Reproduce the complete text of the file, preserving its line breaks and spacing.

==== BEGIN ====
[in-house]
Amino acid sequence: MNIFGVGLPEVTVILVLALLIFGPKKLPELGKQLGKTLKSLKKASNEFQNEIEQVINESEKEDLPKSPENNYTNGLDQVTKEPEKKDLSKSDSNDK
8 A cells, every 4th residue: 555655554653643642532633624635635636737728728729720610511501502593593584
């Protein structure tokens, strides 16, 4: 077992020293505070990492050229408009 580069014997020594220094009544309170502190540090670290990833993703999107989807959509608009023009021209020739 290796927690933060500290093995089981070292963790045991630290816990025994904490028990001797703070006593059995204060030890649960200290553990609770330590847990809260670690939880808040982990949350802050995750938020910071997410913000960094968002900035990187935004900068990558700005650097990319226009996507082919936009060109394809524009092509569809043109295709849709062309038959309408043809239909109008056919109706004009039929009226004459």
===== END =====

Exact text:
[in-house]
Amino acid sequence: MNIFGVGLPEVTVILVLALLIFGPKKLPELGKQLGKTLKSLKKASNEFQNEIEQVINESEKEDLPKSPENNYTNGLDQVTKEPEKKDLSKSDSNDK
8 A cells, every 4th residue: 555655554653643642532633624635635636737728728729720610511501502593593584
């Protein structure tokens, strides 16, 4: 077992020293505070990492050229408009 580069014997020594220094009544309170502190540090670290990833993703999107989807959509608009023009021209020739 290796927690933060500290093995089981070292963790045991630290816990025994904490028990001797703070006593059995204060030890649960200290553990609770330590847990809260670690939880808040982990949350802050995750938020910071997410913000960094968002900035990187935004900068990558700005650097990319226009996507082919936009060109394809524009092509569809043109295709849709062309038959309408043809239909109008056919109706004009039929009226004459």